Don’t dismiss pioglitazone on basis of uncertain riskBMJ 2016; 354 doi: https://doi.org/10.1136/bmj.i3667 (Published 06 July 2016) Cite this as: BMJ 2016;354:i3667
- Alison Gallagher, consultant physician and diabetologist1,
- Peter H Winocour, consultant physician and diabetologist1
- on behalf of the Association of British Clinical Diabetologists
- 1Association of British Clinical Diabetologists, ABCD Secretariat, PO Box 2927, Malmesbury SN16 0WZ, UK
Tuccori and colleagues conclude that the use of pioglitazone is associated with increased risk of bladder cancer.1 However, in this study pioglitazone and non-pioglitazone users were not matched and, despite adjustment, pioglitazone users were older, had type 2 diabetes for longer, and had worse glycaemic control than non-pioglitazone users.2
It is worrying that, despite recent evidence to the contrary, the potential link between pioglitazone use and bladder cancer continues to be overstated.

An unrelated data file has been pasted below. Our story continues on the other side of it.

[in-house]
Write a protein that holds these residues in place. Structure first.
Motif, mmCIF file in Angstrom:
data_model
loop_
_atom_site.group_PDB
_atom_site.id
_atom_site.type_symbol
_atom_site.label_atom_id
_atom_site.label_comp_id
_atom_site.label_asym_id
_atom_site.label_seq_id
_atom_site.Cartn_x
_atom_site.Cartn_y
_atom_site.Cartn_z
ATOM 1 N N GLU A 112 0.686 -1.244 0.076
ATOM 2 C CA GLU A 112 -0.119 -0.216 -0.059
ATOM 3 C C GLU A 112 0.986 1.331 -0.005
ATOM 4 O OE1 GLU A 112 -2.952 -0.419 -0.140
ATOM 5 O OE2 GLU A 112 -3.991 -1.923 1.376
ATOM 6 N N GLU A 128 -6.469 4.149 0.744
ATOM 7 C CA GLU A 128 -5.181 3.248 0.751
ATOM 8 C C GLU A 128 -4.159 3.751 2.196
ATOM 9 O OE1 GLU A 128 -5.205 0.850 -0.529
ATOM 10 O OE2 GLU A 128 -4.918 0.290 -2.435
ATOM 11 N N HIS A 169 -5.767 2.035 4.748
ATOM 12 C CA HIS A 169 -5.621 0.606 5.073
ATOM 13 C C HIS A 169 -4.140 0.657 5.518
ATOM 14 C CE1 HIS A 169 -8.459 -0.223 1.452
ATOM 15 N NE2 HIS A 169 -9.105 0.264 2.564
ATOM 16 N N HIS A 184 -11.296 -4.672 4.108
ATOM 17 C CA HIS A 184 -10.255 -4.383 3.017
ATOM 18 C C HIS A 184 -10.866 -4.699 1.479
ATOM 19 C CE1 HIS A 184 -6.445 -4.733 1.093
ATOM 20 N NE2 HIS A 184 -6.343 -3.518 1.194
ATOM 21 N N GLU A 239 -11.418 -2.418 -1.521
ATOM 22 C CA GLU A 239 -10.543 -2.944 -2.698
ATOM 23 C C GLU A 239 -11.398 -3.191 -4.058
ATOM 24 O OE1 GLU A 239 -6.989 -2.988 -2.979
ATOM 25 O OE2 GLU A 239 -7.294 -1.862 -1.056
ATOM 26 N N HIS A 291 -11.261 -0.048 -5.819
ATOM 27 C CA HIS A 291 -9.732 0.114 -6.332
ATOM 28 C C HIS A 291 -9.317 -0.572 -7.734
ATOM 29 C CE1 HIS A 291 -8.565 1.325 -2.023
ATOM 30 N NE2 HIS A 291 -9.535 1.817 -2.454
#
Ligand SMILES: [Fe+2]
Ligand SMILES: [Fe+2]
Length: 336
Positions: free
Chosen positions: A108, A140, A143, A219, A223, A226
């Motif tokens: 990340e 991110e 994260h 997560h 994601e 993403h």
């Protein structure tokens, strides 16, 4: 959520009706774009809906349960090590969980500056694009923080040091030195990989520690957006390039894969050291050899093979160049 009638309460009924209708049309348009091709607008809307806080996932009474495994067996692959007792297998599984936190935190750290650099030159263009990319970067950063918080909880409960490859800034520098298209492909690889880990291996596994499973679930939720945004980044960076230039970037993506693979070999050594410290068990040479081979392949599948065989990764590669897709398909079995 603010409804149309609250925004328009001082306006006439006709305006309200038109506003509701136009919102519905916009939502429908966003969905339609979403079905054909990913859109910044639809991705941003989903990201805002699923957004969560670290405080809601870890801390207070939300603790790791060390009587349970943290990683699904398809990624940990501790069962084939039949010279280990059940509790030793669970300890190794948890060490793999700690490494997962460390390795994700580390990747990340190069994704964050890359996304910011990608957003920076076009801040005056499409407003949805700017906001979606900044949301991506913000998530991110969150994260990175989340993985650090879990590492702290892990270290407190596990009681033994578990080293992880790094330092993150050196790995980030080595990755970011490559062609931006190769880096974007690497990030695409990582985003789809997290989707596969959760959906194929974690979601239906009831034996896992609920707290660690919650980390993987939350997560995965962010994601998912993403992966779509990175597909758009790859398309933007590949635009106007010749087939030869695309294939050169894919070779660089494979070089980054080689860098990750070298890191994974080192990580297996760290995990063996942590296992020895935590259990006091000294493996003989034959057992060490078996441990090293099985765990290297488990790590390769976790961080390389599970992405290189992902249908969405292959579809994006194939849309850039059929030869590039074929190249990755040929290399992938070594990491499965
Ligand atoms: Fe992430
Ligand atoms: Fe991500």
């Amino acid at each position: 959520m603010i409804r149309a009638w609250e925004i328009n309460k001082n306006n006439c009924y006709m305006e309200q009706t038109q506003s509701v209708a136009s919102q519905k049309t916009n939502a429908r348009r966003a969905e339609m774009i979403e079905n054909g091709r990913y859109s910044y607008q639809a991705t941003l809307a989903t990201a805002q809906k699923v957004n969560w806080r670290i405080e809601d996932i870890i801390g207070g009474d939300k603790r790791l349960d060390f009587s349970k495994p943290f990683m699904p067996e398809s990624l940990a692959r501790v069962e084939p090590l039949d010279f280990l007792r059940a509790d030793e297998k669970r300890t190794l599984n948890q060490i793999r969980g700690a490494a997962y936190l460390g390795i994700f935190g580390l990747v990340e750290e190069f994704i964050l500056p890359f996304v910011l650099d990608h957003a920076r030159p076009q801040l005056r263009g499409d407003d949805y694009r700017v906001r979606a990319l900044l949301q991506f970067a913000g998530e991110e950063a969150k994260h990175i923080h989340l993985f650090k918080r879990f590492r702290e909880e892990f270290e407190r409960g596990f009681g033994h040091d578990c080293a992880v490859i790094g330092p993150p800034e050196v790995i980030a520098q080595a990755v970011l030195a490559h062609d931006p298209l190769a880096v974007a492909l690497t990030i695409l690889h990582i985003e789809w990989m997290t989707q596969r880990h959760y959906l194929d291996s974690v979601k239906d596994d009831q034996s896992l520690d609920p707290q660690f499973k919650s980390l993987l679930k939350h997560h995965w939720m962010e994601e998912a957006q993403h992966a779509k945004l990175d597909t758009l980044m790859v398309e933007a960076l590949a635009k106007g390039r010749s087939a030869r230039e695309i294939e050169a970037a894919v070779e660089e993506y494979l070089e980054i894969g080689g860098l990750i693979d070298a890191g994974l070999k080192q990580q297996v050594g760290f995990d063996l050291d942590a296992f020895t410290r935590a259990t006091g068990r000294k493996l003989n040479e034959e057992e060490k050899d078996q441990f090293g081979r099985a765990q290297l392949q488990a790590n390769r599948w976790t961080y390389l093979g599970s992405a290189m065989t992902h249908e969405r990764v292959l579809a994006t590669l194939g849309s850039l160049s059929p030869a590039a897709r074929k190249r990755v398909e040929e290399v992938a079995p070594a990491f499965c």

The possible link between pioglitazone exposure and bladder cancer first came to light in the PROactive study.1 2 Yet, on exclusion of the five cases where bladder cancer developed within four months of starting pioglitazone, this suggestion was not upheld.2 A further study of over a million participants concluded that pioglitazone use was not associated with bladder cancer incidence.3
The prospective cohort KPNC study was established to tackle this issue: persuasively, a bladder cancer association was not seen over a 10 year period.4 NICE guidance, nonetheless, still states that the risk of bladder cancer with pioglitazone is 1-10/1000 cases.5 Reviewing this advice should be a priority for the NICE clinical guideline update committee.
The caveats of pioglitazone use should be balanced against its potential to improve glycaemic control and reduce cardiovascular and cerebrovascular risk in high risk patients.2 6 As new therapeutic possibilities emerge that reduce not only HbA1c but also cardiovascular outcomes and that perhaps work synergistically with pioglitazone,2 the role of pioglitazone should not be dismissed on the basis of a questionable risk of bladder cancer.
Competing interests: None declared.
Full response at: www.bmj.com/content/352/bmj.i1541/rr-2.